Safety net to protect Australian adults from serious online abuse from 2022

From late January, Australia’s online safety regulator – the eSafety Commissioner - will begin operating a reporting scheme for adult cyber abuse, part of the new Online Safety Act. This will give Australian adults who are the victims of seriously harmful online abuse somewhere to turn, if the online service providers have failed to act on reports to them.

Today, eSafety has released detailed regulatory guidance for this scheme, to give an overview of actions the eSafety Commissioner can take to address serious online abuse reported to us.

“This is a world-first scheme. From the end of January we will be able to act as a safety net to give Australian adults who have been subjected to serious online abuse somewhere to turn if the online service providers have failed to act in removing the abusive content,” said eSafety Commissioner Julie Inman Grant.

Minister for Communications, Urban Infrastructure, Cities and the Arts, the Hon. Paul Fletcher MP said: “In 2015 we led the way by establishing the eSafety Commissioner with strong powers to respond to the cyberbullying of children, and now we’re expanding those powers to make sure all Australians can access support when things go wrong online.”

Commissioner Inman Grant explains how the scheme will work: “If a platform fails to take action, people can come to us to make a report. Our new investigative and information gathering powers will allow us to investigate and assess complaints, and decide what action we can take.

“This ground-breaking scheme gives us the ability to help those Australian adults who have been subject to the worst types of online abuse, which is becoming an all-too-common occurrence. If a report meets the threshold, we can issue a notice to the platform to get that harmful content removed.”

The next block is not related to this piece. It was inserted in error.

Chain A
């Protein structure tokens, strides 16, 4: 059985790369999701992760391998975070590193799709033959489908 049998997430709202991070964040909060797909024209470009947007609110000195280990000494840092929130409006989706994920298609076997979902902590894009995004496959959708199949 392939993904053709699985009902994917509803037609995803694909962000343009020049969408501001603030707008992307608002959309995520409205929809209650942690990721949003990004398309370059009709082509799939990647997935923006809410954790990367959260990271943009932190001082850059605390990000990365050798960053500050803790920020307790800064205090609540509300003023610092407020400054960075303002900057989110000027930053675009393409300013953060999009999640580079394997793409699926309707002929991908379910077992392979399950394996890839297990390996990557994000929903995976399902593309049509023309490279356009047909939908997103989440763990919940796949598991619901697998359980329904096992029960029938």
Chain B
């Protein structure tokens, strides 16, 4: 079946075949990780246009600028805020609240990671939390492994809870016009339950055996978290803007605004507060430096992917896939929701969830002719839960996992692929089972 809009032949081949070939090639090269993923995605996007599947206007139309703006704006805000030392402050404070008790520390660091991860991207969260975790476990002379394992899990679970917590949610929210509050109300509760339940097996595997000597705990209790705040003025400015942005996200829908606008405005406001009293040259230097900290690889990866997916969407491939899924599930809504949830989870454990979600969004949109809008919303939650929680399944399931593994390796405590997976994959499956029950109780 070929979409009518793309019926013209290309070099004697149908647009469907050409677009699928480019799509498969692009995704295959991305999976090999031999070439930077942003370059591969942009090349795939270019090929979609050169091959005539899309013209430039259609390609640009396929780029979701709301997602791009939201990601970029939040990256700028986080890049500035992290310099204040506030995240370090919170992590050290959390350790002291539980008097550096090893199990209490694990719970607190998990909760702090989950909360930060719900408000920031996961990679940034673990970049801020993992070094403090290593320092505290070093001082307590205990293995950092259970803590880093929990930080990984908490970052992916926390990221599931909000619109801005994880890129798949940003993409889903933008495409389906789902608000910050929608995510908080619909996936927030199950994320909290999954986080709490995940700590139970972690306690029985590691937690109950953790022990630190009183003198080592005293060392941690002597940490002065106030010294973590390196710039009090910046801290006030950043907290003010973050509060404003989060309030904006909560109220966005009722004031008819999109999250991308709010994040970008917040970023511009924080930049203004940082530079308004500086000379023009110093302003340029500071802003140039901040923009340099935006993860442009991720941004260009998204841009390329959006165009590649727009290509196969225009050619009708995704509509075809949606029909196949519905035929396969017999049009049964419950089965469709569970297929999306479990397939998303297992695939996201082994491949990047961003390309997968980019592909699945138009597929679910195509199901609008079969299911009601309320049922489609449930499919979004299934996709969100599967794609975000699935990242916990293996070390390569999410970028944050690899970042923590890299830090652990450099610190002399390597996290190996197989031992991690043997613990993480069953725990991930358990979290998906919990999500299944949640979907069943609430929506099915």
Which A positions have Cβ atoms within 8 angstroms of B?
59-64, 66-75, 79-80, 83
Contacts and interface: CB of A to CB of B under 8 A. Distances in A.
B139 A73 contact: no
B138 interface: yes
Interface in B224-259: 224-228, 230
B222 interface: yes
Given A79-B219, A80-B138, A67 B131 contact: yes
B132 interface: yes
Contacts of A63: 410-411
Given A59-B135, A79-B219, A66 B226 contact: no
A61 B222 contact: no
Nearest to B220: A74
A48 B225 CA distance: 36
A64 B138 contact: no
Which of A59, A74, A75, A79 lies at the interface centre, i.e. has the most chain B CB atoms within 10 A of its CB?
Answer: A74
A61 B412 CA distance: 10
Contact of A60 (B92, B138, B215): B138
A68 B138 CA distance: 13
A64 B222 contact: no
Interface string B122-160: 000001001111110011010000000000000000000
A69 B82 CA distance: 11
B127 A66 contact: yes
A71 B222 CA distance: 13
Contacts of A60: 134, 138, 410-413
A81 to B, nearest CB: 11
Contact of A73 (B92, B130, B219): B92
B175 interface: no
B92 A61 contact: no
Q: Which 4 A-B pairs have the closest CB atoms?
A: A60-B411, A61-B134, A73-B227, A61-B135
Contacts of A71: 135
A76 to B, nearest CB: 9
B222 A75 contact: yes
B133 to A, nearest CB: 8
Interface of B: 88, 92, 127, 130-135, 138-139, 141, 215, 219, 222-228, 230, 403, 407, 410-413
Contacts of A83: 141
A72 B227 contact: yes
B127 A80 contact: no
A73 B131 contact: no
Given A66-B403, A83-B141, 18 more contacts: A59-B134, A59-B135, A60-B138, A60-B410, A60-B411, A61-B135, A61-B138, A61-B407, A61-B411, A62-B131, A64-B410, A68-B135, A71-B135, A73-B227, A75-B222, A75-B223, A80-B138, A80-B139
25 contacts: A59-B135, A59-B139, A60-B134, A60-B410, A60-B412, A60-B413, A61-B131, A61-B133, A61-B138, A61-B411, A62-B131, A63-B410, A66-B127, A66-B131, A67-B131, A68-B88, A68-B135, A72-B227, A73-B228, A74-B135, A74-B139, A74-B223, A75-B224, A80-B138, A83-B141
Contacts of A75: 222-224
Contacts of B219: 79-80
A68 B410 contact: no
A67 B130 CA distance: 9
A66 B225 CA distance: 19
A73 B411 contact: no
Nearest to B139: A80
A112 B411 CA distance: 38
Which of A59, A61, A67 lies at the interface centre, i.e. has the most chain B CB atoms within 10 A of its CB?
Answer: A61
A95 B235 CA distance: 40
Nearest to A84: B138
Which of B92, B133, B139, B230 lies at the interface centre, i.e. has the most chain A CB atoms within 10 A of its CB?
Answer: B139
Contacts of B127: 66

If eSafety issues a notice to remove the harmful content, the platform then has 24 hours to comply. The eSafety Commissioner will have the ability to seek significant civil penalties for failure to comply with a notice to remove abusive material.

“The bar for determining what ‘adult cyber abuse’ is has been set deliberately high, to ensure it does not stifle freedom of speech. We are talking here about the most serious of abusive posts, intended to cause serious psychological or physical harm,” said Ms Inman Grant

Under the law, to reach the threshold the abuse must be both ‘intended to cause serious harm’, and ‘menacing, harassing or offensive in all the circumstances’.

“Serious harm could include material which sets out realistic threats, places people in real danger, is excessively malicious or is unrelenting.”

Somebody finding something offensive or disagreeable would not be enough, the content must also be intended to cause serious harm to that individual. The scheme is not intended to regulate hurt feelings, purely reputational damage, bad online reviews, strong opinions or banter.

“There may be some circumstances where we can't take regulatory action. Every situation is unique and every matter reported to us will be considered on a case-by-case basis. Even if a matter does not meet the threshold, we will still be able to offer support, information and advice,” said the Commissioner.

“eSafety can only act on adult cyber abuse reports made to us, we will not be proactively policing the internet, nor will we be content moderators looking at determining the truth of claims posted online. This new scheme is about helping those who are suffering from the worst types of online abuse.”

eSafety’s new scheme does not cover defamation. Defamation is a civil action, determined by Courts, designed to balance the right of freedom of speech with protecting a person’s reputation against harm. The Online Safety Act, and the new Adult Cyber Abuse Scheme, is about harm minimisation by removing serious and targeted online abuse, defamation laws are about compensation for damage caused to reputations.

Commencement of the Online Safety Act and the Adult Cyber Abuse Scheme is on Sunday 23 January 2022.

See the regulatory schemes here. 

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